With 10M Users, Israel’s Moovit Tries To Follow In Waze’s Footsteps For Mass Transit


After Waze’s $1.1 billion sale to Google on the back of crowd-generated data for drivers, it feels obvious that someone should do the same thing for the world’s mass transit systems. And indeed, another company out of Waze’s home market of Israel is trying to provide real-time, crowdsourced data on public transit.

Called Moovit, its backed with more than $30 million from investors including Sequoia Capital. The startup is adding adding a new city every two days and is growing at about 1 million users per month. Moovit has 10 million registered users total; it’s not sharing daily or monthly actives.

Unlike other apps like Uber, which have been criticized for being too exclusive before moving down-market, Moovit attracts a totally different clientele. For instance, many of their users in Los Angeles are working-class Latinos who rely heavily on public transit over commuting by car.

With more than 400 cities, Moovit is starting to amass data on the efficiency of public transit in different cities. For instance, they’ve found that Bogota and Los Angeles have the longest commute times with more than two hours in each system per day. While Los Angeles is understandable given its sprawl, Bogota is famous for pioneering a special Bus Rapid Transit system that has dedicated lanes and designed pick-up stops to make bus transit faster. They’ve also found that cities like Rome and Rio de Janeiro have the unfortunate distinctions of having the longest wait times for transit in their global network.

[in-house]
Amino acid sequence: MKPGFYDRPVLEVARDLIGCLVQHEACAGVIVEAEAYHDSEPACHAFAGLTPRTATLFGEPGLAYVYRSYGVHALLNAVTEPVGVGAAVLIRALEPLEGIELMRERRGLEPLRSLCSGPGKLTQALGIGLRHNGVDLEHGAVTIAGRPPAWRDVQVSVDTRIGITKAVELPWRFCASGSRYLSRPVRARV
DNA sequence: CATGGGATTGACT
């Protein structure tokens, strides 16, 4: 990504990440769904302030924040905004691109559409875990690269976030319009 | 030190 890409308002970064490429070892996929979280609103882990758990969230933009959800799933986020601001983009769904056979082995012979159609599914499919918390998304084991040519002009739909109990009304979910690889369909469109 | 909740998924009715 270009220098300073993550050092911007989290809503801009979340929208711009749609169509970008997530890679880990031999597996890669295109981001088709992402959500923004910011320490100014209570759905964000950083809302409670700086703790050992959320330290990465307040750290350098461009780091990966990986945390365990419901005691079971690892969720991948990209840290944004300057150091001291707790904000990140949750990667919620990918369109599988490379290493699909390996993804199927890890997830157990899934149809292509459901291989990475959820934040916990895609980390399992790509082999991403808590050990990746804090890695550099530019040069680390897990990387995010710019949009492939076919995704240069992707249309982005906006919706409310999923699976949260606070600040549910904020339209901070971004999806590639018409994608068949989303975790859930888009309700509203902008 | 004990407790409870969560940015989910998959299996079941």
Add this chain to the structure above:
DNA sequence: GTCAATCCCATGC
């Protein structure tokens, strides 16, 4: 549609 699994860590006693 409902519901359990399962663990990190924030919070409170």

Like in Waze, Moovit users can look up directions to different places and see live commute times. They can also put in tips or data that alert other users in the community to delays.

That could form the basis of a valuable network of mapping data if they can scale the user base fast enough. Waze took a similar approach and it ended up being an enormous strategic acquisition even though Google already had overlapping mapping and transit data. Google didn’t want the app to fall into the hands of a rival like Facebook or Apple, that could build or improve a competing mapping product with the live Waze data.

Moovit now has about 55 employees and is in the process of opening Bay Area offices around marketing and business development.